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FinTech Digest from CoinTelegraph
Google is taking another shot at mobile payments. At this year’s I/O developer conference, the tech giant stated that Google Wallet will now be replaced with Android Pay on smartphones. The Verge reported:
“Android Pay will power in-app and tap-to-pay purchases on mobile devices. Google Wallet will stick around, but it will power Play Store purchases outside Android, say on the web, and facilitate peer-to-peer payments you can make through the app and on services like Gmail.”
Commonwealth Bank of Australia is getting into cryptocurrency, and they’re using the Ripple protocol to do it. The idea behind this endeavor is to test what bank-to-bank internal transfer might look like using crypto rather than existing payment providers. From CT:
“Speaking during a presentation at a forum organized by the Australian Information Industry Association, David Whiteing, CIO at CBA, said that the bank has been ‘testing crypto protocols’ and is about to ‘begin a wider experiment with one of our offshore subsidiaries.’”
Travelersbox, which lets users turn their foreign currency into dollars and euros and then send the money to their Paypal or Skype account, as just raised some cash of their own. TechCrunch reported:
“Founded by Tomer Zussman, Idan Deshe, and Dror Blumenthal, the company has raised $4.5 million from Global Blue, Yuval Tal, Zohar Gilon, Hagai Tal, and Ehud Levy, alongside Pitango Venture Capital and iAngels in order to expand into more airports where more TravelersBoxes will wait to munch your money.”
Blockchain solutions provider Tembusu Systems is set to begin implementation of digital currency payments using the TRUST framework. The Singapore-based company will also be exploring human ATM applications as well. From Money & Tech:
“The company’s TRUST System — Tembusu Reputation-based Universally Secure Transaction System — uses the same technology as that behind the cryptocurrencies such as Bitcoin, Litecoin, Dogecoin and others, and allows users to make payments using different currencies — fiat, digital, and even gold and silver.”
Stratos, the universal credit card, is facing some uncertainties. Failing to work 5 percent of the time, the Stratos card is creating anxiety for one user. From TechCrunch:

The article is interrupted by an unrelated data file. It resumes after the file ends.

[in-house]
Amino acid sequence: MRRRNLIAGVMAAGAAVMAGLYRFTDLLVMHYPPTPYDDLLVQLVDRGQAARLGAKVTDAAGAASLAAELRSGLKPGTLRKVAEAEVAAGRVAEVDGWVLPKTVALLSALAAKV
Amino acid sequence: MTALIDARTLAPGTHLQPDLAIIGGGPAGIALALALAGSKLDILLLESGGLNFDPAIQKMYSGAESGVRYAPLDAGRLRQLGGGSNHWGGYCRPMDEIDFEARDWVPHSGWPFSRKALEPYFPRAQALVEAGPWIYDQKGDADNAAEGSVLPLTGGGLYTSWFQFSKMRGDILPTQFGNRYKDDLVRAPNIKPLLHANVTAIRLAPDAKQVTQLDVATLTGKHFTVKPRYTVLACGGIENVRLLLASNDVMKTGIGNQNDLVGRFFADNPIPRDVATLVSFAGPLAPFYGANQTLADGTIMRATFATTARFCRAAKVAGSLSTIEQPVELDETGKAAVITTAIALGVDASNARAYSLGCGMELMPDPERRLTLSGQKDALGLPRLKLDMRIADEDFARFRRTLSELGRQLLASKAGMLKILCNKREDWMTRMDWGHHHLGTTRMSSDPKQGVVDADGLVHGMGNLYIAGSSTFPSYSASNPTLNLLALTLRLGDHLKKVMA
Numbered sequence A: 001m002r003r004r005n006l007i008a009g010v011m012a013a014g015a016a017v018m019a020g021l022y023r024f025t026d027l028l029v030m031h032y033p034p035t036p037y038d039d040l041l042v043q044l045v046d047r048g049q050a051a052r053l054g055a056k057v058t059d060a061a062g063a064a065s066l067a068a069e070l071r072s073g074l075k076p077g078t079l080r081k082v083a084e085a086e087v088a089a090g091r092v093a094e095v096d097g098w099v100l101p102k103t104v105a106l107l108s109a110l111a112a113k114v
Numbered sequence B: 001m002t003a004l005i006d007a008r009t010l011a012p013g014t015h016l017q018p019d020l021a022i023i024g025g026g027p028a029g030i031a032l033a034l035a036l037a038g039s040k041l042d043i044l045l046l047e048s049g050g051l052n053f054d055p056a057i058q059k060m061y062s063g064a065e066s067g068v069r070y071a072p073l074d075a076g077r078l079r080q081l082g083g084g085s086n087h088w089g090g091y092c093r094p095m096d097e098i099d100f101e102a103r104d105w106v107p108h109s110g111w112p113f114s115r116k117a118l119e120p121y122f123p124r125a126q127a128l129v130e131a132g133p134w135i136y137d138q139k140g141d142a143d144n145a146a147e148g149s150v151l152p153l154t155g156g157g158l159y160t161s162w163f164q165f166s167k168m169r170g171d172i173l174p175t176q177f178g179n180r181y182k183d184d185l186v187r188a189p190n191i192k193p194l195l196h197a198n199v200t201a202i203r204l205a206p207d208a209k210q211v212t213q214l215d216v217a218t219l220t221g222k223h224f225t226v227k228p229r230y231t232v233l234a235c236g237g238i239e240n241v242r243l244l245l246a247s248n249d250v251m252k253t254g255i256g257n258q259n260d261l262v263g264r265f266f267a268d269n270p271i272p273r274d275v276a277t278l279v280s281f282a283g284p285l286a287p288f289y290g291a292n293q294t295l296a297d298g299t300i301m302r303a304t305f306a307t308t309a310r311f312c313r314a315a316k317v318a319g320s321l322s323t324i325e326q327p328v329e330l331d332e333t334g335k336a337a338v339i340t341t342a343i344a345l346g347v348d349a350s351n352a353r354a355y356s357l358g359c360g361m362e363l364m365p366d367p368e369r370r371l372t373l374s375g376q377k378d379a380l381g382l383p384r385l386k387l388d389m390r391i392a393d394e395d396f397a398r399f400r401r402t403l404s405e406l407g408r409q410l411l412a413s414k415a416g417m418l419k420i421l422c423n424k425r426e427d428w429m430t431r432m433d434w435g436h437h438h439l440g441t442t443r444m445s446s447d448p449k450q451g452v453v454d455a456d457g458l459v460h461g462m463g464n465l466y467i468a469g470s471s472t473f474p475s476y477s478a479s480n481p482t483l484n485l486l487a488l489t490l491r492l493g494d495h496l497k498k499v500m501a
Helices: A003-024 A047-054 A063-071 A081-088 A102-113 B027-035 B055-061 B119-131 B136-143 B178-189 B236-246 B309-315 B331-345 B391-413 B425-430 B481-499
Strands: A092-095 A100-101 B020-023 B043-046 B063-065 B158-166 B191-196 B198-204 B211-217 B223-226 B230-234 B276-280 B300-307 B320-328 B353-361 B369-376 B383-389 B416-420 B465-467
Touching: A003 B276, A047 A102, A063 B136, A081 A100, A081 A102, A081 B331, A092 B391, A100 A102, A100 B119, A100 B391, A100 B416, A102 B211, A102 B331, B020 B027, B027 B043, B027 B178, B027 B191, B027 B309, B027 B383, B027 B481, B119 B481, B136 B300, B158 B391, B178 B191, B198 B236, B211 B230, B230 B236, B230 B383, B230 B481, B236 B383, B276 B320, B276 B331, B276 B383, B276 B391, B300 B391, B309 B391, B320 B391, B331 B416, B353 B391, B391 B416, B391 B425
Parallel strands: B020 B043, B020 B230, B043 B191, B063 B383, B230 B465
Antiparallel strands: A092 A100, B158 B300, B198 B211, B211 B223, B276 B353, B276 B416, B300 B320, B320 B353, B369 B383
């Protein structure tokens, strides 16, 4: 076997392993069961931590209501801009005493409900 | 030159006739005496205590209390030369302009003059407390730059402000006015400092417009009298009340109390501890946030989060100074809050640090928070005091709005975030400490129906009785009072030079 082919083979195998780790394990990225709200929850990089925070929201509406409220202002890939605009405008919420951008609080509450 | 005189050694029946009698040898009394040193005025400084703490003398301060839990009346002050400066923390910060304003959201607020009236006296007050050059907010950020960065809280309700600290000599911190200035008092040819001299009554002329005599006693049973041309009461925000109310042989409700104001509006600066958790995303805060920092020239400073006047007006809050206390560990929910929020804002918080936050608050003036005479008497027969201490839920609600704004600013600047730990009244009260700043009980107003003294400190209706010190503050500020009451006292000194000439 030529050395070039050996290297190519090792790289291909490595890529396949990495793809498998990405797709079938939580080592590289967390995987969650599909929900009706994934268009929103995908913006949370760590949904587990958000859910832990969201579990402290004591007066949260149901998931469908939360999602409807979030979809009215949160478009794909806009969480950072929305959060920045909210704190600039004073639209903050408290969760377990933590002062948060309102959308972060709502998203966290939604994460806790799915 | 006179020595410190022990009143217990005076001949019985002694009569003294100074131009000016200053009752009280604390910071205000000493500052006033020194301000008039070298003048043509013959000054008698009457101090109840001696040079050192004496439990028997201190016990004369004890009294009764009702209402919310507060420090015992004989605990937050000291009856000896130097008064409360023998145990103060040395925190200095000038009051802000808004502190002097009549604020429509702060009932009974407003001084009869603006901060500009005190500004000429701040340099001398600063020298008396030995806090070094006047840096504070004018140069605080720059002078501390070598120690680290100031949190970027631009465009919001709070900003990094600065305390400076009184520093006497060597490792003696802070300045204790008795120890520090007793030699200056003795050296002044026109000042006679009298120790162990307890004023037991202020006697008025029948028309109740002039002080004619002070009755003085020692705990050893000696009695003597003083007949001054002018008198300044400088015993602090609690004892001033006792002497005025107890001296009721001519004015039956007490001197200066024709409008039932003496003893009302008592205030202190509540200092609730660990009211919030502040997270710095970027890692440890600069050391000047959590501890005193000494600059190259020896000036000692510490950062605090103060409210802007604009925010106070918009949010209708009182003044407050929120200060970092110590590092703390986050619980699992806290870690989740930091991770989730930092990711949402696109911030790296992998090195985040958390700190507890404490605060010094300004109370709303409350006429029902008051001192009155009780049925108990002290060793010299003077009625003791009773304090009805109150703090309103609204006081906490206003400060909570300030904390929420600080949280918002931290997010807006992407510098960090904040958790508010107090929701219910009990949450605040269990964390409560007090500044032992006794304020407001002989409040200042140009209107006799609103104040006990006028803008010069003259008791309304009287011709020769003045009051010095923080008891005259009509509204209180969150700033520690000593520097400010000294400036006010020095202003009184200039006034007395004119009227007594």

“Payment devices like Stratos, Apple Pay and Coin need to work every time. One failed interaction will cast doubt in the user’s mind. It was hard to predict when a transaction would fail, too. It worked at Starbucks. Home Depot and 7-Eleven accepted it. Chase ATMs worked fine, but a generic ATM at a bodega failed to read it.”
DICE (Dynamic Intelligent Currency Encryption) is a procedure developed to solve security-related complications of cash systems today. In effect, DICE is aiming to create the “banknote of the future.” From EDAQS:
“Based on identifiable banknotes, preferably with a custom-frequency and secure RFID or machine readable codes like Datamatrix — or a smart combination of both, the DICE system integrates reliable and innovative technologies that combine their advantages to incorporate them into an optimized security.”
One year and seven months after the first Bitcoin ATM was installed, the world has reached its 400th unit. And more machines are definitely on the horizon. According to metrics from Coin ATM Radar, one ATM is installed every two days. CT reported:
“While the bitcoin ATM industry experienced impressive growth in 2014, North America has been, and still is, leading the way with 133 machines installed throughout the U.S., and 69 machines in Canada. Between them, the two countries host more than half of all the machines available worldwide.”
Facebook is expanding the ways people can pay each other inside their Messenger app. The world’s largest social network not only wants to give Messenger users peer-to-peer payments, but the company is also looking to embed the feature into the entire app experience. Mashable reported:
“Messenger announced on Wednesday new tweaks to its payments feature that tightens integration with the overall app. Facebook also expanded the availability of payments, which is being rolled out over the next few months; it's already available in a handful of U.S. cities, such as Seattle, Portland and Austin, but will now include the New York metropolitan area.”
Modern FinTech has the ability to create standard records about economies where none existed before. From O’Reilly:
“As fintech becomes normal and starts to involve the 4.3 billion humans with a phone, it will also take much of the world’s ‘unrecognized property’ and make it recognizable. Digital, ubiquitous financial technology might lift trillions of dollars — and billions of people — out of obscurity and into prosperity.”
MasterCard announced it will be hosting the New York edition of Startupbootcamp’s FastTrack event at the MasterCard Tech Hub in Manhattan on June 1. Aspiring payment tech innovators are welcomed. PYMTS reports:
“By helping to bring the accelerator network to New York City, MasterCard is continuing in the stated mission of the MasterCard Start Path program, which fosters connection with and development of early stage startups around the globe. Through the program, MasterCard provides the nascent companies with direct operational support, small strategic investments, and accelerated access to MasterCard customers worldwide.”
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